Utley, meanwhile, brings much of that same stuff. But baseball is no yuk-fest to Chase Utley. The Phillies' second baseman is consumed by his work, immersed in every second of every game like just about no one you've ever run across.
"I've been in baseball 42 years, and I've seen a lot of intense players," says Phillies bench coach Pete Mackanin. "But without question, he's No. 1. … You know, Chase is a friendly guy, but I'll put it this way: During a game, I don't bother him. He's got something on his mind, and he's totally focused. I don't know if I could have played if I was that focused."
You wouldn't expect a man who has spent 42 years in professional baseball -- as a player, coach and manager -- to talk about a fellow baseball creature with that sort of how-does-he-do-this awe. But Utley is so driven, so intense, so obsessed with excellence, he's a constant topic of exactly this type of conversation within his own sport.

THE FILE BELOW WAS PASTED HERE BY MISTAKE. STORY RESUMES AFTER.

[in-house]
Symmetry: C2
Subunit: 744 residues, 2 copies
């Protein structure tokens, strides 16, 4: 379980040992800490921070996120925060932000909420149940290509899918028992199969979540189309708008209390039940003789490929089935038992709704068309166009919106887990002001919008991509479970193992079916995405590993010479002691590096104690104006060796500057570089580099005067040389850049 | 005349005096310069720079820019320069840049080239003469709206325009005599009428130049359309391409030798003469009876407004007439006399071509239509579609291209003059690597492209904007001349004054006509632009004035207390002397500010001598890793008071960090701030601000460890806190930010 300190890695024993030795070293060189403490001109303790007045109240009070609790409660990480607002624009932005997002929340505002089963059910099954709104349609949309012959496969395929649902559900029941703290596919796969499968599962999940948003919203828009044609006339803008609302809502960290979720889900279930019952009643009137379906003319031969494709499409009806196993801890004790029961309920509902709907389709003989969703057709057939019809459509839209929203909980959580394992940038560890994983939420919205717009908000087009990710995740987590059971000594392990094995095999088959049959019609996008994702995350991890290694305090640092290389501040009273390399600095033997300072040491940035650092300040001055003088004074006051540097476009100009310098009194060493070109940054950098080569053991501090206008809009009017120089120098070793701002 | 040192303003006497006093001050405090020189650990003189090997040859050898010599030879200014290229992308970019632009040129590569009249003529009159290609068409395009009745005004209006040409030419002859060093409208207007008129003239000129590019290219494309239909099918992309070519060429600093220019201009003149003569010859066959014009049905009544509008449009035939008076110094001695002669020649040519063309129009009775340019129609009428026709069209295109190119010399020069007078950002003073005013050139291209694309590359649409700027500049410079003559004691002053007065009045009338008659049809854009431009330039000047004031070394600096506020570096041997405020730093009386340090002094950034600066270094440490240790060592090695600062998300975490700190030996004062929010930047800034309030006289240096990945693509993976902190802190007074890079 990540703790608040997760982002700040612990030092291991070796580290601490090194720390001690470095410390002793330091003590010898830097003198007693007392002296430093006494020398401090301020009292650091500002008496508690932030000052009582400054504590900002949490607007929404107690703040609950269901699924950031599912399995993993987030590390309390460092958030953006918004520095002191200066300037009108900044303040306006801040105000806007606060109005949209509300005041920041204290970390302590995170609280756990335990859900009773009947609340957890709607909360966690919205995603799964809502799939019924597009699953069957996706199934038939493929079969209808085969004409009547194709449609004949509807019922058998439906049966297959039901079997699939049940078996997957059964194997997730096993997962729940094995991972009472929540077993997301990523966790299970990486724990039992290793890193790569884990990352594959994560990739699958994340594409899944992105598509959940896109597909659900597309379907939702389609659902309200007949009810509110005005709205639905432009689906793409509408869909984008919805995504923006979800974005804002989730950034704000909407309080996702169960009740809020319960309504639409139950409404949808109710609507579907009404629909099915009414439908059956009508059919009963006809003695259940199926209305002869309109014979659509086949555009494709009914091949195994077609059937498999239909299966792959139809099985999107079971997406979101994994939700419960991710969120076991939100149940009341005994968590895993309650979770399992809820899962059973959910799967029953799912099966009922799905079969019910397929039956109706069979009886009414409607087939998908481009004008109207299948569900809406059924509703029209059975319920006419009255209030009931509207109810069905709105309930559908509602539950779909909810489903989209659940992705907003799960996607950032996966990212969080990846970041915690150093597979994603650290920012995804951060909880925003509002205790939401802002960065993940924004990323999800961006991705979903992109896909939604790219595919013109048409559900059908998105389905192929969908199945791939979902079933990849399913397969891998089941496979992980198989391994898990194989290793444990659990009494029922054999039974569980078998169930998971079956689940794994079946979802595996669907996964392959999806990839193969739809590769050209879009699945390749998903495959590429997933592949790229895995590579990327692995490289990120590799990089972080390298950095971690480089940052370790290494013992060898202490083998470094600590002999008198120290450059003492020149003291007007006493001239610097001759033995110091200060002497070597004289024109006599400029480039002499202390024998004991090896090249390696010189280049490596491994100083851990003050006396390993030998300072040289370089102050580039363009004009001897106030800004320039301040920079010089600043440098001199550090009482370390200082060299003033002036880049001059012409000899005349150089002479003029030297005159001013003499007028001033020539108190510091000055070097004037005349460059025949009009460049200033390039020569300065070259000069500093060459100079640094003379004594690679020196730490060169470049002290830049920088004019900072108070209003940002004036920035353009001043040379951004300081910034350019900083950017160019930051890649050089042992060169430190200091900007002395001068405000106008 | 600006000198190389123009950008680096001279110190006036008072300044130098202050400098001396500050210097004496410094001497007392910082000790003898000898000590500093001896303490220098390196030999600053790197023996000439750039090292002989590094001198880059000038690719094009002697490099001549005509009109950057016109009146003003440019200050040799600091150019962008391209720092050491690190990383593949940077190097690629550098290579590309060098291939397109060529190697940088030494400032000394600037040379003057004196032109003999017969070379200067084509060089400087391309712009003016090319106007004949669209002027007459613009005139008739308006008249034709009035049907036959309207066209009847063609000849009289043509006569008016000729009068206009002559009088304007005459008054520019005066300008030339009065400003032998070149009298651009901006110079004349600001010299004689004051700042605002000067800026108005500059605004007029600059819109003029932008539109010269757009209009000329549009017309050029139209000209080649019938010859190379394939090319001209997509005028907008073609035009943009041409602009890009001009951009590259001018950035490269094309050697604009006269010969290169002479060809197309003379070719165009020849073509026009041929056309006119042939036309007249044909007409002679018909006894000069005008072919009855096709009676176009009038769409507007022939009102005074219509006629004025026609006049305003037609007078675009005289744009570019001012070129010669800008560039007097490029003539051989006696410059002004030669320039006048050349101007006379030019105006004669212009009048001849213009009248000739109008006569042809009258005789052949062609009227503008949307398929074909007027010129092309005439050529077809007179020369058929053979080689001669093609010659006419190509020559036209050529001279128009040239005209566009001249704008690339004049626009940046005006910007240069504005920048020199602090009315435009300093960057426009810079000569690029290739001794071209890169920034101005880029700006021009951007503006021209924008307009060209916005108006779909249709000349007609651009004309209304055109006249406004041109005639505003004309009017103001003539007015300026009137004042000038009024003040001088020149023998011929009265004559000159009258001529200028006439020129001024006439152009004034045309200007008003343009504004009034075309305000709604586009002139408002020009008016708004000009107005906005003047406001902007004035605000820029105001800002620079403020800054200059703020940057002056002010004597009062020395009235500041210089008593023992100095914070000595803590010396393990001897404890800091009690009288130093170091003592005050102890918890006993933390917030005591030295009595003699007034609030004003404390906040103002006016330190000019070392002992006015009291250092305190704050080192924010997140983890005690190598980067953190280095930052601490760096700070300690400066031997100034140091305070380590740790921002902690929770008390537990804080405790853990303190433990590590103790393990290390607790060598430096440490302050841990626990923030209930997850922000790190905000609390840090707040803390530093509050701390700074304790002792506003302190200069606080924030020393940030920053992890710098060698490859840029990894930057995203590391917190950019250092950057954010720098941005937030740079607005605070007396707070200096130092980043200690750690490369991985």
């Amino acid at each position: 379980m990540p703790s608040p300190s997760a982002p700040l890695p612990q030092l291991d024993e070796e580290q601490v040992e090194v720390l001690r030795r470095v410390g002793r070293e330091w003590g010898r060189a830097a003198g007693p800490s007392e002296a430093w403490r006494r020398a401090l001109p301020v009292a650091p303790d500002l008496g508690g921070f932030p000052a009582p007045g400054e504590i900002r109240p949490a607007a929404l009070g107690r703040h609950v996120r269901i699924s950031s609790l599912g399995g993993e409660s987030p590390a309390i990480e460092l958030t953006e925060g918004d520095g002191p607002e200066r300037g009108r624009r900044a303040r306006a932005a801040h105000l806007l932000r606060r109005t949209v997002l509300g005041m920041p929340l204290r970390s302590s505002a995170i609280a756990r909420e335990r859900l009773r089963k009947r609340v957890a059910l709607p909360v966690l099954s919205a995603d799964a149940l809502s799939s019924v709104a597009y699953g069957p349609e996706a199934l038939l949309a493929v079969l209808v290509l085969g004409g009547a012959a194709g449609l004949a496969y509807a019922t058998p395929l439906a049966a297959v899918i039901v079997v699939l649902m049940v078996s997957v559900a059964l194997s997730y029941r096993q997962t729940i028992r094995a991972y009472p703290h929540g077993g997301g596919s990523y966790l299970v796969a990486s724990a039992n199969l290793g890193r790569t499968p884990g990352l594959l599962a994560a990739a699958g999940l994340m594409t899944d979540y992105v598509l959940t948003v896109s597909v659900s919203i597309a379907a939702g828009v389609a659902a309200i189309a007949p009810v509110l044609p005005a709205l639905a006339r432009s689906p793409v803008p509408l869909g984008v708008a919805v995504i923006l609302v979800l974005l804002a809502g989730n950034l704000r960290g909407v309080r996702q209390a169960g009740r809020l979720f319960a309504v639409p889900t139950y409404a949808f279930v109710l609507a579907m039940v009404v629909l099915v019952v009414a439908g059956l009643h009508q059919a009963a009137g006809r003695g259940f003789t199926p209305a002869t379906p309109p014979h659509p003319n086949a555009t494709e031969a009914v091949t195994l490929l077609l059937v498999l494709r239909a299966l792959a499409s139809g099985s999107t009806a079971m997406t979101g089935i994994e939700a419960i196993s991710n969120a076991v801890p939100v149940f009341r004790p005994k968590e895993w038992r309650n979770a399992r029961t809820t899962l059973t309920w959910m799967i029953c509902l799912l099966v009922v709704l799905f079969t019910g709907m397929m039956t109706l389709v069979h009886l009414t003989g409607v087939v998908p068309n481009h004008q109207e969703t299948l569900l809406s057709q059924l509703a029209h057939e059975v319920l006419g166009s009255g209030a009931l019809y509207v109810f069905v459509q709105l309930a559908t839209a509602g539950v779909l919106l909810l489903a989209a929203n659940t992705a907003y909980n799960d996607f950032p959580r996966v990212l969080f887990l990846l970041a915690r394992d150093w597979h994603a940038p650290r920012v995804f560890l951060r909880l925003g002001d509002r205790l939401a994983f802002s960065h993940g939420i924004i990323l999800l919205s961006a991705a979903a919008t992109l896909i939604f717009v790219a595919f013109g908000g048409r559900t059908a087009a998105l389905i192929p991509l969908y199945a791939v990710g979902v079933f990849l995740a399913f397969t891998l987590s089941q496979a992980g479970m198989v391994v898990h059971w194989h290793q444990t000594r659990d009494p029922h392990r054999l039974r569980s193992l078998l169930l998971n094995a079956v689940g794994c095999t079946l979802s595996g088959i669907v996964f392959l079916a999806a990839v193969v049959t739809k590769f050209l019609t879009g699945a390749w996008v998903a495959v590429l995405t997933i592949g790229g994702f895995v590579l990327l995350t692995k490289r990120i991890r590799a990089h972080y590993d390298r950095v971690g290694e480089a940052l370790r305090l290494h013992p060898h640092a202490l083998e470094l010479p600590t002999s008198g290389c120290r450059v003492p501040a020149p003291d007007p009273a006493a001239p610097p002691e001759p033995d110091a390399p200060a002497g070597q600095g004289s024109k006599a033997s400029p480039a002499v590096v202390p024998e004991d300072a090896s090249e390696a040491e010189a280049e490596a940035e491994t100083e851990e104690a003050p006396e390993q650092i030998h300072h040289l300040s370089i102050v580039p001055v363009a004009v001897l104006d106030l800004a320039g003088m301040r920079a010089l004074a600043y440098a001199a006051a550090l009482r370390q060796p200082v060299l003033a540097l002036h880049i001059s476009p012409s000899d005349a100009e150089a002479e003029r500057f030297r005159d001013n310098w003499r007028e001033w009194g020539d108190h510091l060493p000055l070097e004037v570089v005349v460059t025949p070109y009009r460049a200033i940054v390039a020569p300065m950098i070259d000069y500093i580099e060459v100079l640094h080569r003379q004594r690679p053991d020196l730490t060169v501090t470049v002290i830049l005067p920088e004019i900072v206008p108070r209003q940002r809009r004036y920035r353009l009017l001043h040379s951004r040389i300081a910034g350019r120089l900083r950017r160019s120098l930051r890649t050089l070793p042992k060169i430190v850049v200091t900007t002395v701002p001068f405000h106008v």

Eventually, even he became aware of how other people talk about him. But that has only reinforced his passion for how he goes about it.
"Some of the compliments I've gotten over the years have kind of stuck with me," he says. "Like, 'I enjoy watching you play,' or, 'Don't change the way you play.' Things like that, you don't forget. [His late, great coach] John Vukovich used to tell me that. Other coaches on other teams have given me those kinds of compliments. You're not looking for those compliments. You don't expect them. But when they happen, you appreciate it."
Jeter -- another source of nonstop conversation in the same circles -- had a similar experience about a decade ago, with a gentleman by the name of Hank Aaron. It still blows The Captain away.